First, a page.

Still, Mr. Right never entered Marietta’s mind as a way of escape as it did for Linda. Yes, she’d dated a little in high school, even went steady with Ben, a freshman from St. Francis College. She’d met him at a friend’s Halloween party during her senior year.
Ben was tall and lanky, with a crop of thick red hair. More significantly, he was not Italian, an aspect that both pleased and relieved Marietta even as it frustrated Paul and Teresa. On their first date he had surprised her with a corsage of gardenias, but she was attracted more to his piercing green eyes that hinted of the darkness he harbored. His parents were divorced, Ben said. With no extended family nearby, he and his mom had only each other to lean on. He talked about his dad a lot and how much he missed him. Marietta understood. She yearned for her mother Stella in the same way.
But as the winter turned to spring, Marietta noticed a big change come over Ben. His eyes dulled and his face grew distant. He hardly talked about his dad anymore. Sometimes he’d let several weeks pass without calling, but then the phone would ring and he’d apologize. He’d been busy, he’d say, and would she like to go to the movies?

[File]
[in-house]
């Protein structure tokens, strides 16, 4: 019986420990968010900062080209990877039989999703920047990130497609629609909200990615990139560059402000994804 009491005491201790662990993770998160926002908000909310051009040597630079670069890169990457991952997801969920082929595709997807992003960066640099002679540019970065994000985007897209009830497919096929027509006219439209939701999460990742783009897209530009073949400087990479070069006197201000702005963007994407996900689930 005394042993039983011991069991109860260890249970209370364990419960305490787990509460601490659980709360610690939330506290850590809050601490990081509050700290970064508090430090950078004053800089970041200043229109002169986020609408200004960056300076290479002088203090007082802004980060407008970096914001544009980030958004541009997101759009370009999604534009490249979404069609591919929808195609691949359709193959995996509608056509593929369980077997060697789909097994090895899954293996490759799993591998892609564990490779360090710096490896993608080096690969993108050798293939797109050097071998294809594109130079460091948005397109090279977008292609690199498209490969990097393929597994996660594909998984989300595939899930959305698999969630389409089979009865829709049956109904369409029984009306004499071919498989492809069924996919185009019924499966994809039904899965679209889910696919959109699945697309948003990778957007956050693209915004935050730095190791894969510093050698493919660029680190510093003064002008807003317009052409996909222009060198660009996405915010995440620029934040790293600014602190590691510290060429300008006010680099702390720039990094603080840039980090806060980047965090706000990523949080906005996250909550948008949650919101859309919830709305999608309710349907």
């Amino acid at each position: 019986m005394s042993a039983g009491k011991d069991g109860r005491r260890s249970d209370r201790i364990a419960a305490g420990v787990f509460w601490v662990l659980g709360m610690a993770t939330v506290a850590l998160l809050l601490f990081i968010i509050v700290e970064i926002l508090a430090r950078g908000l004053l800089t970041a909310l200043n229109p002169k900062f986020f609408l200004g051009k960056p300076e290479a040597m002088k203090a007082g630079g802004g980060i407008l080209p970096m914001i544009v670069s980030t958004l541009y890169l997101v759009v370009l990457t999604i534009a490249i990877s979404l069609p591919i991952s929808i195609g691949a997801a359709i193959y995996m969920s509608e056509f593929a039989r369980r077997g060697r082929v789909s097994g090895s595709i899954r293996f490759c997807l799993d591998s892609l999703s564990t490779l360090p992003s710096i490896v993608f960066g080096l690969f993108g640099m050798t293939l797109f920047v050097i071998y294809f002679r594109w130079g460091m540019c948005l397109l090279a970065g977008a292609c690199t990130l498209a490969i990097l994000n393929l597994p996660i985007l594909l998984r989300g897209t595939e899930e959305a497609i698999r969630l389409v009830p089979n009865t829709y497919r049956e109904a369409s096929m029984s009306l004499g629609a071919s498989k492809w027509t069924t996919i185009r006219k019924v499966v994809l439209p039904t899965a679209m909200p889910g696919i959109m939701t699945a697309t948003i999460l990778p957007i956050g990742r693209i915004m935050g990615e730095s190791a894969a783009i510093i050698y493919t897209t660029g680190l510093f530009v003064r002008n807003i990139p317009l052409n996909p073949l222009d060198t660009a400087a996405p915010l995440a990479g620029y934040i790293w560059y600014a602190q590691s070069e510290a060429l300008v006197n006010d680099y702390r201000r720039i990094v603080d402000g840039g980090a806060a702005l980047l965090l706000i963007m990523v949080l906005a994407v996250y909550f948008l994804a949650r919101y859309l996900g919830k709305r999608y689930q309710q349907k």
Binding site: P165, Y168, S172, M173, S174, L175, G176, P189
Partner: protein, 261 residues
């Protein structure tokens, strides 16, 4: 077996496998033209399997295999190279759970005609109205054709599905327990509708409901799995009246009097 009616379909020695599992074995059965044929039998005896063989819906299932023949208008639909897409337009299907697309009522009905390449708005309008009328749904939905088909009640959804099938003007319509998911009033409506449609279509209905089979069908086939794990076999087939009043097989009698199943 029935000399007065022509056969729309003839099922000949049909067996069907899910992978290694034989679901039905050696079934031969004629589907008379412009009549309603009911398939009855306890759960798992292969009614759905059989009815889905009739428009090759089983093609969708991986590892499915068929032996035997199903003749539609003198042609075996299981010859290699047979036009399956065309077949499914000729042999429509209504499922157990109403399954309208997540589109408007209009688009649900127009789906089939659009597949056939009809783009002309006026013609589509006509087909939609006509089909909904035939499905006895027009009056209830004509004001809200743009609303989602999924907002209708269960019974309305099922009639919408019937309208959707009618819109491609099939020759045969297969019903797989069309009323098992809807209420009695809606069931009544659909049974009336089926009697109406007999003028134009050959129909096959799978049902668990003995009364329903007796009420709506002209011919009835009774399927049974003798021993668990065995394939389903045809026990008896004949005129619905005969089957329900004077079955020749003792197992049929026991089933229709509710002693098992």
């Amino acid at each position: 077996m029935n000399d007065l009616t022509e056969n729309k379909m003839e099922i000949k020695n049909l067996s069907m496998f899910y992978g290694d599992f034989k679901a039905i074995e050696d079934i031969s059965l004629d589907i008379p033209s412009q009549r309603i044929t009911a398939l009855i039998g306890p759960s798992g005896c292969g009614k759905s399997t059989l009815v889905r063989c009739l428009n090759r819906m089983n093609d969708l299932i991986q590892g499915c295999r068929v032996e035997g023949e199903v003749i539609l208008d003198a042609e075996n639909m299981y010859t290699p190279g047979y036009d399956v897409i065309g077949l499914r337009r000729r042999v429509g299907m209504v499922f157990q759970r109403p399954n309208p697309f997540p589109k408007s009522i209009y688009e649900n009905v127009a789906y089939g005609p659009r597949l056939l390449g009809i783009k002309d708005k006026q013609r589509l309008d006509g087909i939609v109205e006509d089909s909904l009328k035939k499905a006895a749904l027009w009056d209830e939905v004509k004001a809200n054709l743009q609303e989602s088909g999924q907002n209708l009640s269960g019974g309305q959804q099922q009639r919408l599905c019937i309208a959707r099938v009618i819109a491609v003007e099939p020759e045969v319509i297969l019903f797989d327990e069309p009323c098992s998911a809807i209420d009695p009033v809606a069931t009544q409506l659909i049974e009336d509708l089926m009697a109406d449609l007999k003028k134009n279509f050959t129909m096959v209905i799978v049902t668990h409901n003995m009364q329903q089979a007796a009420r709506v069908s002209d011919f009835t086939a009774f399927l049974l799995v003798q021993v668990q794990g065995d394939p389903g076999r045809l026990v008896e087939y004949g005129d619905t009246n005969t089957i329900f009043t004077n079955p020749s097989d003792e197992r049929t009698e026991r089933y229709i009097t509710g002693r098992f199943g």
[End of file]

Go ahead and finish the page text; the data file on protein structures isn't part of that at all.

One April day, as they walked home from a date, he asked to have a heart-to-heart talk. Marietta beamed. Perhaps he’d snapped out of his gloom and the old Ben had returned.
“I’ve changed,” he said. Well, Marietta knew that. “You wouldn’t like my new friends,” he acknowledged. He promised to take her to the senior prom, but after that, he said, she’d be better off without him. Oh well, Marietta thought. She had enjoyed his friendship, but she had not been in love with him, and she certainly had never wanted to marry him. No, the key to her freedom, she believed, would be a career in medicine sometime down the road. Clearly, her focus was on her studies, which is why tonight’s dance did not interest her.
“Well, what do you say?” Linda snapped, shifting her weight from one foot to the other. “I mean about the dance.”
“I’d like to . . . but I have a big anatomy test on Monday.”
“If anyone doesn’t need to study for a test, it’s you. The dance committee needs people to set up. Come on, volunteer with me,” Linda pleaded. “If after one hour, the dance looks like the ‘old same-o,’ we’ll call it quits and go home. What do you say?”